After two years on the market, environmental labelling scheme Planet-Score is looking to the ‘next stage’ to improve the transparency of products on-shelf.
This newest iteration continues to rate products according to their environmental impacts and methods of production, but also indicates details around the product’s degree of processing, origin, and whether fair remuneration was paid to its producers.
Consumers are often looking for more information than that provided by France’s official voluntary nutrition labelling scheme Nutri-Score, a Planet-Score spokesperson told this publication. “Consumers are interested by the origin of products, and fair treatment to farmers.”
The Planet-Score evolution
Planet-Score was developed in 2021 in France by Organic Food and Farming Institute (ITAB), research organisation Sayari, and consumer focused-research Very Good Future.
Its aim is to differentiate environmental impacts between different categories of products (for example a meat product vs an apple), as well as within categories (for example between different varieties of apples) according to their differing production methods.
The scheme uses life cycle assessment (LCA) methodology, but Planet-Score aims to set itself apart by addressing other elements associated with sustainability, notably: pesticides, climate, biodiversity and animal welfare. These four elements, according to Planet-Score, are either covered minimally, poorly, or not at all in LCA analyses.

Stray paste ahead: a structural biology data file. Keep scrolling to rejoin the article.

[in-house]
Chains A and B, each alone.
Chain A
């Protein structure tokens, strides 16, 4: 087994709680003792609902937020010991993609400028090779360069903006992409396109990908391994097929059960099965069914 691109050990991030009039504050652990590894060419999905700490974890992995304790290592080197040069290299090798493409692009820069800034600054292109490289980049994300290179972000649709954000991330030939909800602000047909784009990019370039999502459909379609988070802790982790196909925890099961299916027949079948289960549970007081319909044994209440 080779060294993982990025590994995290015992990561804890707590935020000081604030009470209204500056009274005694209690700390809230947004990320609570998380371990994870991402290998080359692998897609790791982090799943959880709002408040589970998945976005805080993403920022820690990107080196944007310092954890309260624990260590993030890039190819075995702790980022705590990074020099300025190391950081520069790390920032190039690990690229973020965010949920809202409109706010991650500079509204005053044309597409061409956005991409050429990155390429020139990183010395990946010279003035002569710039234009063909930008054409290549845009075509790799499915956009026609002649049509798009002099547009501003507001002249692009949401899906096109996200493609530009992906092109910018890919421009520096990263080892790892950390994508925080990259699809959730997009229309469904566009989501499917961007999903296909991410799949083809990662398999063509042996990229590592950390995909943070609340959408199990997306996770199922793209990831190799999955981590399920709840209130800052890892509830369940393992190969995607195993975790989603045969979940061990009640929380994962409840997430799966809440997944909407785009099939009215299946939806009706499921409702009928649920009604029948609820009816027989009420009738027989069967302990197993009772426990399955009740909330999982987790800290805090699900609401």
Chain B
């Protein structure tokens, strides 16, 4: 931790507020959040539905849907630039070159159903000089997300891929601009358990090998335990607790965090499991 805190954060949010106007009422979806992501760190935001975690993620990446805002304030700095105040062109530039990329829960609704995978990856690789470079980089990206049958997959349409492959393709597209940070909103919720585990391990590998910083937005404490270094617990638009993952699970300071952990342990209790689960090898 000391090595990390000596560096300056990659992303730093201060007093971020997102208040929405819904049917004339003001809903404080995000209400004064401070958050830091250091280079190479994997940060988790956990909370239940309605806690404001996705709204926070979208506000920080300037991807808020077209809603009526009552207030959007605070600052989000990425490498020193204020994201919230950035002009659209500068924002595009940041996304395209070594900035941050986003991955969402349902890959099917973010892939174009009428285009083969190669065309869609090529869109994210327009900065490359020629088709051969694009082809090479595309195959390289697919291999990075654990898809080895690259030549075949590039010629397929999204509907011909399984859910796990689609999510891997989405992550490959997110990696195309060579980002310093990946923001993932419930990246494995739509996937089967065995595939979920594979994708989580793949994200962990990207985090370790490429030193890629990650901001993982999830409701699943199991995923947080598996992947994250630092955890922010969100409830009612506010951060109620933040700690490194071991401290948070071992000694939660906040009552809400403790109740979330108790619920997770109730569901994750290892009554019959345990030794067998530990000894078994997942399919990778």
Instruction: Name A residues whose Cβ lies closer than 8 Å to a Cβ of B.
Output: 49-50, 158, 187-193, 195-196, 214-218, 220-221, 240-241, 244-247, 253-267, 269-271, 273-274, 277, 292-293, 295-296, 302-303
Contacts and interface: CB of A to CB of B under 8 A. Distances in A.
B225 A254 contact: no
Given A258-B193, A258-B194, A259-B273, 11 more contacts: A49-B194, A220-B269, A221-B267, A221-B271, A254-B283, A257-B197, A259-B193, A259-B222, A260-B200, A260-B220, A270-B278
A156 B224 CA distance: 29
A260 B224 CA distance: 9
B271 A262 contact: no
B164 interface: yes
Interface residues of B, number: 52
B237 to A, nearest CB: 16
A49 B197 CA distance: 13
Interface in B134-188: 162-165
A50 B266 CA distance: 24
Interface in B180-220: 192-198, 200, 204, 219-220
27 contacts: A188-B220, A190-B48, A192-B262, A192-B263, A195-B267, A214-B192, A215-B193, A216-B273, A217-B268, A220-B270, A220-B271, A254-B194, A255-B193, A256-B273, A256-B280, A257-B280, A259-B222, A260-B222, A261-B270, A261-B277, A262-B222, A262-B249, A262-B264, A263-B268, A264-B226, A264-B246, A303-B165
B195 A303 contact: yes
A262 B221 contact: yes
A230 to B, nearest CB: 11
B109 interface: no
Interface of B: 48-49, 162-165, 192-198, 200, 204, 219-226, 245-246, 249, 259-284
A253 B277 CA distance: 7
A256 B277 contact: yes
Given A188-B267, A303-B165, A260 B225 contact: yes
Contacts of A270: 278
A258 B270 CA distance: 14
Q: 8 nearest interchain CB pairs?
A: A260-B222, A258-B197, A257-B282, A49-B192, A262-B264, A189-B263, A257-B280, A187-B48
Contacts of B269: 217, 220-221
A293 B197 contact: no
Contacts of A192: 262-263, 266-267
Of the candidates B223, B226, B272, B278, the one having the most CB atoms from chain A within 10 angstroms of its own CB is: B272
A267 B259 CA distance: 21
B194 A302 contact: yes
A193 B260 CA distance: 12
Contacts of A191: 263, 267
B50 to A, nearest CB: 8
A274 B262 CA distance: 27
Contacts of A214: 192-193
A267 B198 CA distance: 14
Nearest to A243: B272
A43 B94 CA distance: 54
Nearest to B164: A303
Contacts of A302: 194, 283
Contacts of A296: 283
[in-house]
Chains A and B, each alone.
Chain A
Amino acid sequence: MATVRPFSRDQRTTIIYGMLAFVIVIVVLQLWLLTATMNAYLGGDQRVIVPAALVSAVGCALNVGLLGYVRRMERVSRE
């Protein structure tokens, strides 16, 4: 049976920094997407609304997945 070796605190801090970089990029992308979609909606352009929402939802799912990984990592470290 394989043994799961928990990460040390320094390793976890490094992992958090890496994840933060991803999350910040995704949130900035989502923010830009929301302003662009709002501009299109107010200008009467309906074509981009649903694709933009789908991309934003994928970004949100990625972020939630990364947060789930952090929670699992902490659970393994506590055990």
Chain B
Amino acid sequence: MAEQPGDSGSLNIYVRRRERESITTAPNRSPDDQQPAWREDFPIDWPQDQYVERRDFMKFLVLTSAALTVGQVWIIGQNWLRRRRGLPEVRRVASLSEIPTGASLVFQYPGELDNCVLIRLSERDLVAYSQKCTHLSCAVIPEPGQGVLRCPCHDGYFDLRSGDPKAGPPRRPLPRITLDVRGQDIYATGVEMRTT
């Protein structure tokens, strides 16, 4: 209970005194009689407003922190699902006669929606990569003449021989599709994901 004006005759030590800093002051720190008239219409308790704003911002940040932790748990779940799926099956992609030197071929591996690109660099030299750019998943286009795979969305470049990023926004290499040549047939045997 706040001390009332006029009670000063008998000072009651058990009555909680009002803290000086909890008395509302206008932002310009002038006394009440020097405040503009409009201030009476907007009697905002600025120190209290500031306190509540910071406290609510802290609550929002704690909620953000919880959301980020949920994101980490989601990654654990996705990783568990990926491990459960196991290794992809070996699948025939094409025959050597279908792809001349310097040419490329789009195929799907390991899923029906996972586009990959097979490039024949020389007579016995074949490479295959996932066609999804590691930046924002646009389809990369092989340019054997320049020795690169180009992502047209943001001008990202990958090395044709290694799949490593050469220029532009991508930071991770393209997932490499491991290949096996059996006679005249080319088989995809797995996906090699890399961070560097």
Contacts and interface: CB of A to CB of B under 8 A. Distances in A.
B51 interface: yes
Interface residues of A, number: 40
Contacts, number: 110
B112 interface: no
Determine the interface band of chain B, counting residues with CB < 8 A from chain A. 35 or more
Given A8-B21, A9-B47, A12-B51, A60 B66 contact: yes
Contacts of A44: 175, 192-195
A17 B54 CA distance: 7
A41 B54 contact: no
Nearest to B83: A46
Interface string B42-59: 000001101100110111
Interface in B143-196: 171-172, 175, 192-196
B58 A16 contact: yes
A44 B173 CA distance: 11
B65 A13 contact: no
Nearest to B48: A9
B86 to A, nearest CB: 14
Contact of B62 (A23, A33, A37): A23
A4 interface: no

The result is a composite format that presents these four indicators as well as an aggregated score.
Now, three more indicators are being added to the label for brands that want to use them: the degree of processing, origin of product, and whether farmers have been fairly remunerated for their raw materials.
Too few companies are transparent about these indicators, according to Planet-Score, and while some are working in a ‘genuinely positive way’, it’s difficult for consumers to ‘find their way through the current proliferation of disparate claims’.
Measuring degree of processing
To measure the new indicators, Planet-Score scans label and commitments made by food and beverage manufacturers. Early adopters include poultry cooperative Fermiers de Loué, online grocery platform Omie & Cie, and organic retailer Biocoop.
With regards to the degree of processing, Planet-Score turns to, in part, the most widely used system to assess food processing: the NOVA classification system. Developed in 2009, the NOVA system splits levels of food processing into four classifications, from raw and minimally processed foods; to processed culinary ingredients; processed foods; and ultra-processed foods.
“We use NOVA as part of the classification, but not alone or by itself,” explained the Planet-Score spokesperson. “Our main objective is to identify – in a snapshot – products with synthetic additives, especially those additives which are linked to public health issues in scientific publications. And products with a high degree of processing/degradation and artificialisation of food matrices, with again clear public health scientific signals on that dimension."
Assessing fair remuneration to farmers is done by verifying certification schemes across the Global North and South.
And assessing country of origin is done according to whether the product is plant-based or animal-derived. For plant-based products, Planet-Score is concerned by where the product was made; for animal-derived products, Planet-Score takes both its origin of production and origin of feed into account.
“As a whole, our team and stakeholders think that sustainability is a holistic story: we can’t hope for a real transition if we are not able to bring transparency on all major issues of the food sector.”